Upcoming Legislative Leaders’ Meeting Is An Opportunity To Get New York State Back On Track
Legislative column from Assembly Minority Leader Brian M. Kolb (R,I,C-Canandaigua)
September 18, 2009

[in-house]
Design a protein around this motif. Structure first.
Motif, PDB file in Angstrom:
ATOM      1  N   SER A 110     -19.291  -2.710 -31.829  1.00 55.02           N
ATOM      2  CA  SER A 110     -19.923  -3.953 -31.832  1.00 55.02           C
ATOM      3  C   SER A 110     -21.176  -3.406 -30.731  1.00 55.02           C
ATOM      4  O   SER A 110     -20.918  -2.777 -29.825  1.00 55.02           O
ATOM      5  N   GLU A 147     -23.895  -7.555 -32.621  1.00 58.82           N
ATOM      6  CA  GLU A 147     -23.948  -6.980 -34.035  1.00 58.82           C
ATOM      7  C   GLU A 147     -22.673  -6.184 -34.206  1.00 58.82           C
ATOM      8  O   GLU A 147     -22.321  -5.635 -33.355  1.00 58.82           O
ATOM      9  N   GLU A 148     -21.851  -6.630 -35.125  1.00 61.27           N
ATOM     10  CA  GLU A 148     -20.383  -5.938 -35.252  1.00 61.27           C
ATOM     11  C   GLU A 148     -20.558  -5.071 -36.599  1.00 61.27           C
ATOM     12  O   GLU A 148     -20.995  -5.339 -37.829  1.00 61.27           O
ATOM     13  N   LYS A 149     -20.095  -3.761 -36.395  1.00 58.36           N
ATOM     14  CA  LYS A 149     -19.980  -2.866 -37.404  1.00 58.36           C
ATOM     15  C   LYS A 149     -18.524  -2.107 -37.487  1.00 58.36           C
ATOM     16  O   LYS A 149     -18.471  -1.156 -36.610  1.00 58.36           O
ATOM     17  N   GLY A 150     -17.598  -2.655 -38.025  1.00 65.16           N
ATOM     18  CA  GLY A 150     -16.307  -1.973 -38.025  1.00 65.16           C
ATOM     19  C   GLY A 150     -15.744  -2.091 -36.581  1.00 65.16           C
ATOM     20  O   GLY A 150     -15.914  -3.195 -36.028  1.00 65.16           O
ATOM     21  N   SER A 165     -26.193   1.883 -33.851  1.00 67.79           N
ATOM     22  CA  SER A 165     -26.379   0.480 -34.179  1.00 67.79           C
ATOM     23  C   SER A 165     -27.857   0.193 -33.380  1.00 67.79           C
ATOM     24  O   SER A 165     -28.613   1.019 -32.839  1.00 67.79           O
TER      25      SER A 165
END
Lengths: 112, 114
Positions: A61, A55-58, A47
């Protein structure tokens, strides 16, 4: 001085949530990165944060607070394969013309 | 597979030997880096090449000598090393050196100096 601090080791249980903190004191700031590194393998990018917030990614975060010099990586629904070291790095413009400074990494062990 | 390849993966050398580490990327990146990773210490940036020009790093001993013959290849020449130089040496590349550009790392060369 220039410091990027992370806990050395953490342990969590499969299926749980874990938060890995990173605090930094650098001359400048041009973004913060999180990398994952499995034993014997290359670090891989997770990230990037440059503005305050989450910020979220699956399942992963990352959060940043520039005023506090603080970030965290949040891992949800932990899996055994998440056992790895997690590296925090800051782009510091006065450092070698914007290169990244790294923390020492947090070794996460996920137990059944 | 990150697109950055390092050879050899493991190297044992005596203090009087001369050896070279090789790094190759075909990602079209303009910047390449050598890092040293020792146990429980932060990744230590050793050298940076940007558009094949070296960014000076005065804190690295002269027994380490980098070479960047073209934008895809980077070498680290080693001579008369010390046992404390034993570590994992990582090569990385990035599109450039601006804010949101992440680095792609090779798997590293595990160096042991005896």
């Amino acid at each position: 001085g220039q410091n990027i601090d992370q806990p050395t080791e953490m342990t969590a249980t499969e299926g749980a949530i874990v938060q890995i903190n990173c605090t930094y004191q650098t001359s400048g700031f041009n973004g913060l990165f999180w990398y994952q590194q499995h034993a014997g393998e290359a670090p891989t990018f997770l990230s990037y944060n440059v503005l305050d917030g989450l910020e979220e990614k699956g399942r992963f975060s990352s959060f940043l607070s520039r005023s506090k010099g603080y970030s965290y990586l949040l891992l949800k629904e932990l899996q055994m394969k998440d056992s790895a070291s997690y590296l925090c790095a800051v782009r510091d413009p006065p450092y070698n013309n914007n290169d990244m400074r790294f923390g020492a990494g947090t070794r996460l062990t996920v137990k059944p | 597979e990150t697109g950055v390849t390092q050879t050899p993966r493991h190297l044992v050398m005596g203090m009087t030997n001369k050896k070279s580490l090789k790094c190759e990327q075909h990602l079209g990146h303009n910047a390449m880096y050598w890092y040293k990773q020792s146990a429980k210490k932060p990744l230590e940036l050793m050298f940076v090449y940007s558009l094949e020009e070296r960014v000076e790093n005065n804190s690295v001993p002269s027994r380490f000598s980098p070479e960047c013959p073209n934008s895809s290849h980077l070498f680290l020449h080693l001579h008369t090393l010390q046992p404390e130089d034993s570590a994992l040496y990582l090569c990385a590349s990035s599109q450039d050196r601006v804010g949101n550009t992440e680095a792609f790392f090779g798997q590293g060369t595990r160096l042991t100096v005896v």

This coming Wednesday, September 23, will mark the first public, five-way meeting between Governor David Paterson, myself and the other Legislative Leaders in nearly three months. Regular readers of this weekly column will know that I have repeatedly called for just such a meeting to tackle, among other issues, New York’s growing budget deficit and the other unfinished business from the Legislative Session that, regrettably, was thrown off track due to partisan political bickering. In fact, I had sent a letter to the Governor and my fellow Legislative Leaders back on July 10 urging that we publicly convene and have a frank discussion about the challenges our state faces. This forthcoming meeting comes at a critical time for New York’s future. Several opinion polls have clearly shown that public frustration and even anger with state government is at an all-time high. Three consecutive polls – conducted by Quinnipiac University, the Siena College Research Institute and the Marist College Institute for Public Opinion, respectively – have all reported on widespread voter dissatisfaction with the direction of New York in general and the performance of the state Legislature in particular. This sentiment cuts across political and regional lines, and is reflective of the fact that more New Yorkers are losing faith in their government and believe that our state has gotten off – way off – track. Our Leaders’ meeting presents an opportunity for us to discuss real solutions and begin the long-term process of getting New York State back on track. Here are some of the non-partisan issues that should be part of our approaching discussion. NEW YORK’S $2.1 BILLION STATE BUDGET DEFICIT: The projected state budget shortfall for 2009-2010 has grown to $2.1 billion, and if nothing is done, or if state revenues continue to shrink, the out-year gap will continue to grow. Our meeting must address this challenge and offer substantive, non-partisan solutions to shore up New York’s fiscal future. I believe the budget deficit should be closed through spending reductions and increased operating efficiencies, not revenue enhancers (tax and fee hikes) or fiscal one-shots and gimmicks which are little more than quick fixes that ultimately backfire. ADDRESSING OUR STATE’S RECORD-HIGH UNEMPLOYMENT: New York continues suffering from the national economic recession, as our state’s number of unemployed has climbed to a new, record-high of 874,300 in August – the highest level since 1976 – as noted by the State Department of Labor. Seasonally adjusted, New York’s unemployment rate rose to 9 percent from 8.6 percent this July. The unemployment rate in New York City actually rose to double-digits, coming in at 10.3 percent for August. It is worth noting that unemployment rates do not always account for individuals who have stopped or given up looking for work in this tough economy, meaning the true number of New Yorkers who are out of work could be even higher than the aforementioned 874,300 figure. The Leaders’ meeting needs to include practical ideas for jump-starting our sluggish economy and getting more New Yorkers back to work. We need to focus on reducing all the taxes, fees and bureaucratic regulations that are dragging down our economy and forcing employers to look elsewhere in deciding where to create or retain jobs. CREATING PRIVATE SECTOR JOBS & DELIVERING REAL TAX RELIEF: As noted in the preceding paragraph, more New Yorkers are unemployed now than at any other time in the last 33 years. Without question, there is a clear and present need for state government to focus on the creation of more jobs where they are needed most: in our private sector. It begins with enacting a statewide job creation plan that spurs investment and economic development assistance being administered by State Agencies in a flexible, individualized manner that recognizes the regional needs of businesses all across New York. Delivering real tax relief goes hand-in-glove with private sector job creation, which is why, in addition to discussing job creation, our Leaders’ meeting should emphasize how we can finally enact a real property tax cap along with the other recommendations of the Suozzi Commission, including a circuit breaker and unfunded mandate relief. HELPING NEW YORK’S FAMILY DAIRY FARMERS: A steep downturn in the price they receive for their milk has devastated New York’s family dairy farmers and may force many to shut down their operations altogether. This would have a devastating ripple effect on our already struggling economy and threaten family farming as a way of life for countless communities throughout our state. To help our family dairy farmers weather this economic storm, I asked the Governor to utilize a portion of New York’s share of the federal stimulus funding to make up for the shortfall in milk prices. Our Leaders’ meeting should make prominent mention of the plight of New York’s family dairy farmers and outline the specific steps state government can take to provide immediate assistance and help them through this especially difficult time. These are some of the topics that should command center stage during our Legislative Leaders’ meeting this Wednesday. What should not be part of our discussion is the typical political finger pointing or “blame game” that only serves to sidetrack cooperation and progress. With any luck, this meeting will begin the process of charting a new direction for our state that has gotten off track. Possibly more than ever before, New Yorkers are looking for their leaders to start working together toward finding real solutions that are not focused on benefiting a political party or special interest, but actually helping the people. I am hopeful our upcoming Leaders’ meeting will deliver exactly that. I will report back to you on any progress. As always, constituents wishing to discuss this topic, or any other state-related matter, should contact my district office at (315) 781-2030, or e-mail me at firstname.lastname@example.org.